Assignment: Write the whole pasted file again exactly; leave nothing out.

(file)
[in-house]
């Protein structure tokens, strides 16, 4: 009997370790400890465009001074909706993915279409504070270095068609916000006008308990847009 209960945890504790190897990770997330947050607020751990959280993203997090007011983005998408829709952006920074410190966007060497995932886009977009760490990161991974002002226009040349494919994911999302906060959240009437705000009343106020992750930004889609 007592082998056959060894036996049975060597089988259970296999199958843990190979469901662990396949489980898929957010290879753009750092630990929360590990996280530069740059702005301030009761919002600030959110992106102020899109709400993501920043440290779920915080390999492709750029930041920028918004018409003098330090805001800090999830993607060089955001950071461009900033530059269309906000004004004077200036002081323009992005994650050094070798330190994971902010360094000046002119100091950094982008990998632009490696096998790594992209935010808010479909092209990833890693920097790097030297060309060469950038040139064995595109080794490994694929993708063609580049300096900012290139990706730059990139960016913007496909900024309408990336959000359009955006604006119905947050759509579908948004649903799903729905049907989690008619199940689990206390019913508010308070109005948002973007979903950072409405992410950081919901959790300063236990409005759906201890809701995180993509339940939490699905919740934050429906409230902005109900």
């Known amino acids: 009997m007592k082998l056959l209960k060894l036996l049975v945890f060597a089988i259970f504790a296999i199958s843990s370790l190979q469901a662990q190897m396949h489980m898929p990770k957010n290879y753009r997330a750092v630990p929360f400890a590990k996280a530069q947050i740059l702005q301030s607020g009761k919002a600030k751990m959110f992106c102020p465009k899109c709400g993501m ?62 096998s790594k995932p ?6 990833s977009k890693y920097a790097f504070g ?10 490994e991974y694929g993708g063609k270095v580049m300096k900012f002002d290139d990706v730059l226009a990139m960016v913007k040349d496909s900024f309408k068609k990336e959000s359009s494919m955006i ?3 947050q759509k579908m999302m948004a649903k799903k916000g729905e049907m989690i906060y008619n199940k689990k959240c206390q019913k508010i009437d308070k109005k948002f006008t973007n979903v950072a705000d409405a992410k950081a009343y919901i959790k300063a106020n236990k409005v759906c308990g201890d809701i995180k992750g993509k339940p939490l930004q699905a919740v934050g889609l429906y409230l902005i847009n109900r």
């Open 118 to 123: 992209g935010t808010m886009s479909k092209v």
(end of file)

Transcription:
[in-house]
């Protein structure tokens, strides 16, 4: 009997370790400890465009001074909706993915279409504070270095068609916000006008308990847009 209960945890504790190897990770997330947050607020751990959280993203997090007011983005998408829709952006920074410190966007060497995932886009977009760490990161991974002002226009040349494919994911999302906060959240009437705000009343106020992750930004889609 007592082998056959060894036996049975060597089988259970296999199958843990190979469901662990396949489980898929957010290879753009750092630990929360590990996280530069740059702005301030009761919002600030959110992106102020899109709400993501920043440290779920915080390999492709750029930041920028918004018409003098330090805001800090999830993607060089955001950071461009900033530059269309906000004004004077200036002081323009992005994650050094070798330190994971902010360094000046002119100091950094982008990998632009490696096998790594992209935010808010479909092209990833890693920097790097030297060309060469950038040139064995595109080794490994694929993708063609580049300096900012290139990706730059990139960016913007496909900024309408990336959000359009955006604006119905947050759509579908948004649903799903729905049907989690008619199940689990206390019913508010308070109005948002973007979903950072409405992410950081919901959790300063236990409005759906201890809701995180993509339940939490699905919740934050429906409230902005109900």
């Known amino acids: 009997m007592k082998l056959l209960k060894l036996l049975v945890f060597a089988i259970f504790a296999i199958s843990s370790l190979q469901a662990q190897m396949h489980m898929p990770k957010n290879y753009r997330a750092v630990p929360f400890a590990k996280a530069q947050i740059l702005q301030s607020g009761k919002a600030k751990m959110f992106c102020p465009k899109c709400g993501m ?62 096998s790594k995932p ?6 990833s977009k890693y920097a790097f504070g ?10 490994e991974y694929g993708g063609k270095v580049m300096k900012f002002d290139d990706v730059l226009a990139m960016v913007k040349d496909s900024f309408k068609k990336e959000s359009s494919m955006i ?3 947050q759509k579908m999302m948004a649903k799903k916000g729905e049907m989690i906060y008619n199940k689990k959240c206390q019913k508010i009437d308070k109005k948002f006008t973007n979903v950072a705000d409405a992410k950081a009343y919901i959790k300063a106020n236990k409005v759906c308990g201890d809701i995180k992750g993509k339940p939490l930004q699905a919740v934050g889609l429906y409230l902005i847009n109900r």
């Open 118 to 123: 992209g935010t808010m886009s479909k092209v």